PARIS DM - With its wings skimming across the water, this super yacht soars above the competition. Its state-of-the-art design means the world’s fastest yacht can clock an amazing 60 miles an hour - and reach 50mph in just ten seconds.

The Hydroptere, which uses marine and aeronautic technology, relies on giant wings to almost fly across the water.

Pictured in these gorgeous photos taken off of the French coast the yacht, which weighs 7.5 tons, it’s easy to see why the powerful boat has broken so many world records.

The super yacht is an experimental sailing hydrofoil designed by French yachtsman Alain Thibault and in full flight only 2.5 square metres of the boat are in contact with the water. This means that it can shoot from 20 to 45 knots (23mph to 51.5 mph) in just 10 seconds.

Named after the Greek words for water and wing (hydros and ptere) the yacht uses the same principles as an aircraft to give it flight.

To take off, Hydroptere has ‘marine wings’, the foils, which are placed under each of the floats of the trimaran.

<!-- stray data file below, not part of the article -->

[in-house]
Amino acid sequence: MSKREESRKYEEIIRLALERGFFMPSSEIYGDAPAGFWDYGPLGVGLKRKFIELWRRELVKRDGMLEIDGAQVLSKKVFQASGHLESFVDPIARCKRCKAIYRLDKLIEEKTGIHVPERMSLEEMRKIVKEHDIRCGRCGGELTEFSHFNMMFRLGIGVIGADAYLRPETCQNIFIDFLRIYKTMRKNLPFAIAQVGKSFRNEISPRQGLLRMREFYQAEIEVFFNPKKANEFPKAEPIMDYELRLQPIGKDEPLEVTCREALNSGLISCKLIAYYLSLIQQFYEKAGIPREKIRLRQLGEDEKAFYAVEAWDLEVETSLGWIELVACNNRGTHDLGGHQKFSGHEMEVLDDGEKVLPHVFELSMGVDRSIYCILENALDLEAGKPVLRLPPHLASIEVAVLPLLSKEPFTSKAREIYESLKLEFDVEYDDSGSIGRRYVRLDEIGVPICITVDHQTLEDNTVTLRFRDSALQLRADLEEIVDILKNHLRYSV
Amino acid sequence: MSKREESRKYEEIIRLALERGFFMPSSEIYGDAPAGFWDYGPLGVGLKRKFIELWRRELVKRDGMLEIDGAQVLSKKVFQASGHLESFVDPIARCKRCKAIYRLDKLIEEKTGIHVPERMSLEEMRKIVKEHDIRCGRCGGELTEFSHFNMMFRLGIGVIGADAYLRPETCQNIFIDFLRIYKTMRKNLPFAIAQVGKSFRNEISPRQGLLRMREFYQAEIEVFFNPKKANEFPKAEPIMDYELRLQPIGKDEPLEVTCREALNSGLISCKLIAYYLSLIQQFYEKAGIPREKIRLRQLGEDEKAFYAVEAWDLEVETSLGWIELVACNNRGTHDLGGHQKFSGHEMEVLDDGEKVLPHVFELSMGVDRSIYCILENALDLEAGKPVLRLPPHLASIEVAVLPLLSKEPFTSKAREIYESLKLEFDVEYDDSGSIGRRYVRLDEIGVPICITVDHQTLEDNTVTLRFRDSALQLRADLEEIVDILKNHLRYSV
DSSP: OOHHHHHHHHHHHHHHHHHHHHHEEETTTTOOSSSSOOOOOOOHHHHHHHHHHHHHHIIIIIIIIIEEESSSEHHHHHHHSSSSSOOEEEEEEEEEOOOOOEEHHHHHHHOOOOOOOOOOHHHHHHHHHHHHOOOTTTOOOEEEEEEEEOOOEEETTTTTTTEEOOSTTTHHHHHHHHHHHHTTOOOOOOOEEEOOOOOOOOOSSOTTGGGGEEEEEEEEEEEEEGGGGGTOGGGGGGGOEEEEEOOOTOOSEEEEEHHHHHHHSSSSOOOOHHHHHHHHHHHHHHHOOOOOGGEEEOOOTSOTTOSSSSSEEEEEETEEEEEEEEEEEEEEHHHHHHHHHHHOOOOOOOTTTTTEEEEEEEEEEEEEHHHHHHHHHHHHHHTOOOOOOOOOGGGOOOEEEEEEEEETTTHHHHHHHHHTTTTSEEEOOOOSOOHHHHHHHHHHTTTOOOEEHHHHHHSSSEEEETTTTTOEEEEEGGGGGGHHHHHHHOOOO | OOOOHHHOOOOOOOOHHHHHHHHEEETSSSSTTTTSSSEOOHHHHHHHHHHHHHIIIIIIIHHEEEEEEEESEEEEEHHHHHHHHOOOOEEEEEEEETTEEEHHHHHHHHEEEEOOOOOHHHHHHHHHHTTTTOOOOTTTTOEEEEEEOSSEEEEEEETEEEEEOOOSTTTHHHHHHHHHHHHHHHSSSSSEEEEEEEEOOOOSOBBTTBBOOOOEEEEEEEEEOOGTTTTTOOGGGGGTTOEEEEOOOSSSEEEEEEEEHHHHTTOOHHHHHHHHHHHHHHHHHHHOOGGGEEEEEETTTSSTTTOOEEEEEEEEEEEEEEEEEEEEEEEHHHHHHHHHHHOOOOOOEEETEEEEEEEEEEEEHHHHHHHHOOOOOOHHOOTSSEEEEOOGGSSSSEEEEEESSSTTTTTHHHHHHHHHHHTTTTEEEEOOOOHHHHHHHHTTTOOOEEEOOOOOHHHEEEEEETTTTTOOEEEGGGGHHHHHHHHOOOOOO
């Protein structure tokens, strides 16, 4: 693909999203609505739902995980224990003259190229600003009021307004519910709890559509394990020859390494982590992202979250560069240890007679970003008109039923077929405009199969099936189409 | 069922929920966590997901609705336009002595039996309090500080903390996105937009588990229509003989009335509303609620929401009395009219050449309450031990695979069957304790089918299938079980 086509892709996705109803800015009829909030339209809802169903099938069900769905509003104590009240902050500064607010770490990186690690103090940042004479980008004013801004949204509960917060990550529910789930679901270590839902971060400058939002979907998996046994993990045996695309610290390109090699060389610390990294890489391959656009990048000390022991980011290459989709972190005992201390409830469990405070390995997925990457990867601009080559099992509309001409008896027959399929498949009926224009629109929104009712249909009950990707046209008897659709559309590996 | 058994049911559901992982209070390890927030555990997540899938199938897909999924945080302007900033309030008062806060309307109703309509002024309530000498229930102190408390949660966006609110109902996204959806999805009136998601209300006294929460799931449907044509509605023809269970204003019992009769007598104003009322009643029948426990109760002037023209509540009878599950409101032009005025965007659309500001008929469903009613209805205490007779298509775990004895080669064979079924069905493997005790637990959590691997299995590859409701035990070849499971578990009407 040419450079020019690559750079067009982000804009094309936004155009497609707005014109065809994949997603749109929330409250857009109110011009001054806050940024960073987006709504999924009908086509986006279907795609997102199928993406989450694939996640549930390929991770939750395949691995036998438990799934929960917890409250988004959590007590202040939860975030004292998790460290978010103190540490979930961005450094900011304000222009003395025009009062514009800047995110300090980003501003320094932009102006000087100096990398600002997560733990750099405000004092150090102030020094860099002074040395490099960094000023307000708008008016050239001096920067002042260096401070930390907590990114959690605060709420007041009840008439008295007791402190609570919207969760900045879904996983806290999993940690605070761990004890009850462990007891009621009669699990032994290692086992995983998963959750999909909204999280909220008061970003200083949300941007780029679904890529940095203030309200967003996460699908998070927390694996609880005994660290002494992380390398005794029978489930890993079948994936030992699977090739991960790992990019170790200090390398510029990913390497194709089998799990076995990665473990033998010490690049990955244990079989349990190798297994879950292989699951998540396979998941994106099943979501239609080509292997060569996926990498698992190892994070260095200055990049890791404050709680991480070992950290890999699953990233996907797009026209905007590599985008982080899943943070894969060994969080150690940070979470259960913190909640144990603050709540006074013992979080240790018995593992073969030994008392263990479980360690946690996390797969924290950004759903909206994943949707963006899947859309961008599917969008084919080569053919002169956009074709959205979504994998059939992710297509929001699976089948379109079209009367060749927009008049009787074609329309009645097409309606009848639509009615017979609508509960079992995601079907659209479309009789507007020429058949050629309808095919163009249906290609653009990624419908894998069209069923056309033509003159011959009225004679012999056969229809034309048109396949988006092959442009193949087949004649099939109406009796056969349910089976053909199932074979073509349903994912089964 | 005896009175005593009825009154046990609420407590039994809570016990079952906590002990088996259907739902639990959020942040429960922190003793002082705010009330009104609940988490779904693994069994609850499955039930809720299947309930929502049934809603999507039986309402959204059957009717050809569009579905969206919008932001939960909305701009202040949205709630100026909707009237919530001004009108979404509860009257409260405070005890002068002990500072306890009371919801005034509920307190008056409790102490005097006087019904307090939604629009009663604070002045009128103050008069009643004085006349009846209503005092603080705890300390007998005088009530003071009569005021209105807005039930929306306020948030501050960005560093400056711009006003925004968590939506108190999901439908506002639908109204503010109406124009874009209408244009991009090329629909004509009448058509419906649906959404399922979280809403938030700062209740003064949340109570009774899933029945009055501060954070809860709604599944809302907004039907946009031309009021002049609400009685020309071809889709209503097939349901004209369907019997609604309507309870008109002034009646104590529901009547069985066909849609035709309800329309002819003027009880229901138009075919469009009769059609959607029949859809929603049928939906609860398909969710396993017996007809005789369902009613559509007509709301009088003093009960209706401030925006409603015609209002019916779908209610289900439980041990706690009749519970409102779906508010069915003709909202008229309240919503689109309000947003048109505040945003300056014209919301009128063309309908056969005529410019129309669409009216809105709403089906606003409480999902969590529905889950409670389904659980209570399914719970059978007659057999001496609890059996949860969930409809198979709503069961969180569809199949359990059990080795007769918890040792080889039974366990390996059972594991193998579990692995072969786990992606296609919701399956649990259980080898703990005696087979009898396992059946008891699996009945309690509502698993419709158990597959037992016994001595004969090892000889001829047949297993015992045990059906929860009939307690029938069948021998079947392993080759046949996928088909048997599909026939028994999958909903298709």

Once the boat reaches 10 knots, these immersed ‘wings’ deploy at 45 degrees in the water and generate an upward thrust which raises the boat like the wing of a plane. Then the hull and the floats of Hydroptere fly five metres above the sea surface and as in the air, the higher the speed, the greater the lift.

When fully extended, its carbon fibre sails and mast reach 28m high - the same height as the Christ the Redeemer statue (minus the feet) in Rio de Janeiro, Brazil.

Over years of trial and error the designers came up with a unique shape to optimise the sail efficiency and minimise air friction.

The boat is made strong by the use of carbon fibre impregnanted with epoxy and titanium parts. It’s overall length is 74.7ft - three times longer than the average one bedroom British flat. It’s sail area in flight measures 560 m² - much bigger than new UK one bedroom flats, which measure on average 76m.